PROFESSIONAL boxing can be a theatre for the ridiculous. At a press conference in London this week, ahead of tonight’s show at Wembley Arena, Italian WBC Silver titlist Andrea Scarpa, who will box Ohara Davies, read out a speech in broken English, declaring solemnly, “I’m serious. I’m f***ing serious.” British title challenger Ronnie Clarke glared at Martin Ward and then attempted to insert his own chewing gum in Martin’s mouth.
But a figure apart from all the madness is Katie Taylor. She speaks softly, it forces listeners actually to lean forward, pay close attention, hang on her words. Her achievements are already groundbreaking. Ireland’s first female boxer, a five time, record equalling amateur World champion, unbeaten in a decade, one of the first female Olympic gold medallists, she makes her professional debut tonight, against Karina Kopinska, at Wembley Arena.
“I’m feeling great. I’m very excited about it,” she told Boxing News. “I’m very excited about boxing live on Sky as well. I think this is huge for women’s boing. This is the platform women’s boxing needs.”
Taylor has found herself in an unaccustomed position. Looking essentially invincible for so long, astonishingly Taylor lost three times in 2016. A shock defeat to Yana Alekseevna at the first Olympic qualifier put her under real pressure. She was unfortunate to lose a decision to Estelle Mossely at the World championships and then conceded a close decision at Rio 2016 to Mira Potkonen.
“It’s just very disappointing really. It was just a really poor performance on my part,” Katie said of the Olympics. “I should be beating those girls a bit more clearly.”
She admits she had lost faith in the amateur sport. “I think I definitely became despondent, disillusioned with the amateur game over the last year or so. I’ve seen so many bad results over this past year. I’m talking about my results, just in general,” she said. “I definitely felt like there’s an awful lot of bad decisions over this year. These boxers have put their heart and soul into training every single day. For the judges to just take it away from them like that is very, very heartbreaking. You’ve seen in the Olympics from the very, very start to the finish there were bad decisions. The reality is the boxers stood on those podiums didn’t really deserve to be there a lot of the time, so the better boxers weren’t going through and it was very disheartening to watch. At the same time amateur boxing has been very good to me over the years as well. Representing my country in those Olympic Games was the biggest honour of my life.”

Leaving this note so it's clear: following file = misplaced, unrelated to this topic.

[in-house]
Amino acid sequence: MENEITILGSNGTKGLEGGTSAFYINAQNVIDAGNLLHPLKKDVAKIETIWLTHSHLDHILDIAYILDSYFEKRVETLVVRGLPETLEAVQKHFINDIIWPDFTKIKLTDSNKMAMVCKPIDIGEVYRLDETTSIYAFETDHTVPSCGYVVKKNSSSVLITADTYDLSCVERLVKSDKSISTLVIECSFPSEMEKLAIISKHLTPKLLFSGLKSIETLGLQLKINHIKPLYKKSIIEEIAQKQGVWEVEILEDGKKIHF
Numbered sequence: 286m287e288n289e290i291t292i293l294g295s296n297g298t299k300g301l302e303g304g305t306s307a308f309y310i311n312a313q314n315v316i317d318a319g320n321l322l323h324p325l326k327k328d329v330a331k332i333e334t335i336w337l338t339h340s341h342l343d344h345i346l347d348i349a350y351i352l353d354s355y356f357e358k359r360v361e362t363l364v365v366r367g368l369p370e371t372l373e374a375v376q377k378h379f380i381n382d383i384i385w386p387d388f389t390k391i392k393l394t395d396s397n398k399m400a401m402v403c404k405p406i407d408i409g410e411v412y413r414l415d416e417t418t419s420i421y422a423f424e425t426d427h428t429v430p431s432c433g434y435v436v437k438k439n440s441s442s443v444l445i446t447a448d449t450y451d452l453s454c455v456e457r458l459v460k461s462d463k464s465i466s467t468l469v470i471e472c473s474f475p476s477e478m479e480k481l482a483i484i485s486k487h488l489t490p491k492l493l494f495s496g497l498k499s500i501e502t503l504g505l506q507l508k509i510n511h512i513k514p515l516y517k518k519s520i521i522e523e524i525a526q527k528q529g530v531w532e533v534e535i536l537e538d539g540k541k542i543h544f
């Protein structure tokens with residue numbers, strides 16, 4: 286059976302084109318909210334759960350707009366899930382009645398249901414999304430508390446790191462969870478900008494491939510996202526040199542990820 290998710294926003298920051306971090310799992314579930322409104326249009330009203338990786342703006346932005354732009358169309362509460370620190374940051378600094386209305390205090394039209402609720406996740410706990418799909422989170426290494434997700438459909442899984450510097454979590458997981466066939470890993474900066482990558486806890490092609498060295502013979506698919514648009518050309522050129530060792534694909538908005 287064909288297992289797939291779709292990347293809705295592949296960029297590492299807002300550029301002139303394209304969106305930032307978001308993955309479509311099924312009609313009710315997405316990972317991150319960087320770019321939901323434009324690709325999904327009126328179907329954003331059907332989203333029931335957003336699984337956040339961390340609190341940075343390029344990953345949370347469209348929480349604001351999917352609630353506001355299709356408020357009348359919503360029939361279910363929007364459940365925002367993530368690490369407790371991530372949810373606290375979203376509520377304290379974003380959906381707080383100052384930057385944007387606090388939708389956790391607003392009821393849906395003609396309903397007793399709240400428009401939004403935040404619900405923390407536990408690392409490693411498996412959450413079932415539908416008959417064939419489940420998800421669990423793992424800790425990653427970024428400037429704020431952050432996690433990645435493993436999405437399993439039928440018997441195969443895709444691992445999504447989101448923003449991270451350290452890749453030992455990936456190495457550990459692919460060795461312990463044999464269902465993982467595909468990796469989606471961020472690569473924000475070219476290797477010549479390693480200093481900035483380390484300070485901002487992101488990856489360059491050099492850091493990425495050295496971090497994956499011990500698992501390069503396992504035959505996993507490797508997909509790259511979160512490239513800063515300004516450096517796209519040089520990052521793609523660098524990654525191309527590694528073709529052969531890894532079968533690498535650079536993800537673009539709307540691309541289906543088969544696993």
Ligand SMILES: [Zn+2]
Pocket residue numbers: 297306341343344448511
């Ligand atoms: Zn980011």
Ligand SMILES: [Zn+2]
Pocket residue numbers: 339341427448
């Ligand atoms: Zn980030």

She has linked up with new trainer, Ross Enamait. “I’ve been familiar with Ross for years now. I used to have his books lying around the house. I just initially made the contact with him. I asked could I go for a few weeks on a training camp, straightaway there was just an instant connection. Straightaway I could see the progress, see the improvements,” Taylor said. “I think this is the start of a great partnership between the two of us.
“I just needed a change and I got in contact with Ross in the States and the more time I spent with him in the pro gyms, the more appetite I got for the pro game. I knew then I wanted to turn pro. I got in touch with Eddie [Hearn, the promoter] and asked would he be interested.”
She has both turned professional and is boxing soon after Rio 2016, despite already having had three major tournaments in an active year. “I think I felt ready to box. I didn’t feel I needed any sort of a rest. A change is as good as a rest,” she said. “I feel like I have the love back for the sport, that spark again. I think that’s going to show.”
Returning to London should rekindle that fire. Huge crowds came to the city to support Taylor in her first Olympics four years ago. “It’s a good omen for boxing here in London,” she said. “I’ve got great memories here and it’s great to be making my debut here as well. It’s very, very exciting for me.”